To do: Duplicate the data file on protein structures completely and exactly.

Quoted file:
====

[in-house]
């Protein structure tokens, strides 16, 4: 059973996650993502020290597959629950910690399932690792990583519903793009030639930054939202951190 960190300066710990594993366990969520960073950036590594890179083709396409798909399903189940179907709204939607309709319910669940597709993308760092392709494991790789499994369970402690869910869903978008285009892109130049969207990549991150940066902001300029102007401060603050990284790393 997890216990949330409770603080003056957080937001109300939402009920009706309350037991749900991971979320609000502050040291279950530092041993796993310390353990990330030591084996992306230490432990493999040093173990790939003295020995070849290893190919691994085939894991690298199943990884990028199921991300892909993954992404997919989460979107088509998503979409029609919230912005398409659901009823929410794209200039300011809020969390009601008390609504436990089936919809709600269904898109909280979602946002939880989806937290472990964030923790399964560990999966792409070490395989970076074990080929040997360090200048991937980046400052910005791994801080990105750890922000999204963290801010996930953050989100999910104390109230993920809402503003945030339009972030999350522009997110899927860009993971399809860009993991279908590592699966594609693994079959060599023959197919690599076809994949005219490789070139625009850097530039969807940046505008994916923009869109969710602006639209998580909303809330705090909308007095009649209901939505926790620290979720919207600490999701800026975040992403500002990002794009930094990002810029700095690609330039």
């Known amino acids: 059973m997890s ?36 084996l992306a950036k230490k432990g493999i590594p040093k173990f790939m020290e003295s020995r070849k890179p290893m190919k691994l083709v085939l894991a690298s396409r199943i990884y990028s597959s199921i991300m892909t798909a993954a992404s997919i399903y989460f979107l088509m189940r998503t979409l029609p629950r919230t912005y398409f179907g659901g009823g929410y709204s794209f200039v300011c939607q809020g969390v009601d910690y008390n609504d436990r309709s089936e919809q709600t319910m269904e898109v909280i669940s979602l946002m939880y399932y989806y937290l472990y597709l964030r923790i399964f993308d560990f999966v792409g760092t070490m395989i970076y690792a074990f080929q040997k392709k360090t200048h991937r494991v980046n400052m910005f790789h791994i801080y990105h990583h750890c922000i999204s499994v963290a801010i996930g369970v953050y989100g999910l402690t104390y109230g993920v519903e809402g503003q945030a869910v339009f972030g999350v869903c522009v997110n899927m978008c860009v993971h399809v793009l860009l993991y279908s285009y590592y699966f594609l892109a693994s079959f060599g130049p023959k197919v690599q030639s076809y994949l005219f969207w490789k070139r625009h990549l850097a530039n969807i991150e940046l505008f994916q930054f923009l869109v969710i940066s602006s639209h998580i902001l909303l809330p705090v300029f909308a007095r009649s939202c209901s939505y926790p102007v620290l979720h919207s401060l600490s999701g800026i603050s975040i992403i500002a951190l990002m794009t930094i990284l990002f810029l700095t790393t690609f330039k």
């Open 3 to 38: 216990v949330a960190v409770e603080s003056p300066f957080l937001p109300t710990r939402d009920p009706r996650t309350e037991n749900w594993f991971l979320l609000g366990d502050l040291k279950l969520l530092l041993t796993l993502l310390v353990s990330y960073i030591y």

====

[in-house]
């Protein structure tokens, strides 16, 4: 059973996650993502020290597959629950910690399932690792990583519903793009030639930054939202951190 960190300066710990594993366990969520960073950036590594890179083709396409798909399903189940179907709204939607309709319910669940597709993308760092392709494991790789499994369970402690869910869903978008285009892109130049969207990549991150940066902001300029102007401060603050990284790393 997890216990949330409770603080003056957080937001109300939402009920009706309350037991749900991971979320609000502050040291279950530092041993796993310390353990990330030591084996992306230490432990493999040093173990790939003295020995070849290893190919691994085939894991690298199943990884990028199921991300892909993954992404997919989460979107088509998503979409029609919230912005398409659901009823929410794209200039300011809020969390009601008390609504436990089936919809709600269904898109909280979602946002939880989806937290472990964030923790399964560990999966792409070490395989970076074990080929040997360090200048991937980046400052910005791994801080990105750890922000999204963290801010996930953050989100999910104390109230993920809402503003945030339009972030999350522009997110899927860009993971399809860009993991279908590592699966594609693994079959060599023959197919690599076809994949005219490789070139625009850097530039969807940046505008994916923009869109969710602006639209998580909303809330705090909308007095009649209901939505926790620290979720919207600490999701800026975040992403500002990002794009930094990002810029700095690609330039």
């Known amino acids: 059973m997890s ?36 084996l992306a950036k230490k432990g493999i590594p040093k173990f790939m020290e003295s020995r070849k890179p290893m190919k691994l083709v085939l894991a690298s396409r199943i990884y990028s597959s199921i991300m892909t798909a993954a992404s997919i399903y989460f979107l088509m189940r998503t979409l029609p629950r919230t912005y398409f179907g659901g009823g929410y709204s794209f200039v300011c939607q809020g969390v009601d910690y008390n609504d436990r309709s089936e919809q709600t319910m269904e898109v909280i669940s979602l946002m939880y399932y989806y937290l472990y597709l964030r923790i399964f993308d560990f999966v792409g760092t070490m395989i970076y690792a074990f080929q040997k392709k360090t200048h991937r494991v980046n400052m910005f790789h791994i801080y990105h990583h750890c922000i999204s499994v963290a801010i996930g369970v953050y989100g999910l402690t104390y109230g993920v519903e809402g503003q945030a869910v339009f972030g999350v869903c522009v997110n899927m978008c860009v993971h399809v793009l860009l993991y279908s285009y590592y699966f594609l892109a693994s079959f060599g130049p023959k197919v690599q030639s076809y994949l005219f969207w490789k070139r625009h990549l850097a530039n969807i991150e940046l505008f994916q930054f923009l869109v969710i940066s602006s639209h998580i902001l909303l809330p705090v300029f909308a007095r009649s939202c209901s939505y926790p102007v620290l979720h919207s401060l600490s999701g800026i603050s975040i992403i500002a951190l990002m794009t930094i990284l990002f810029l700095t790393t690609f330039k």
């Open 3 to 38: 216990v949330a960190v409770e603080s003056p300066f957080l937001p109300t710990r939402d009920p009706r996650t309350e037991n749900w594993f991971l979320l609000g366990d502050l040291k279950l969520l530092l041993t796993l993502l310390v353990s990330y960073i030591y």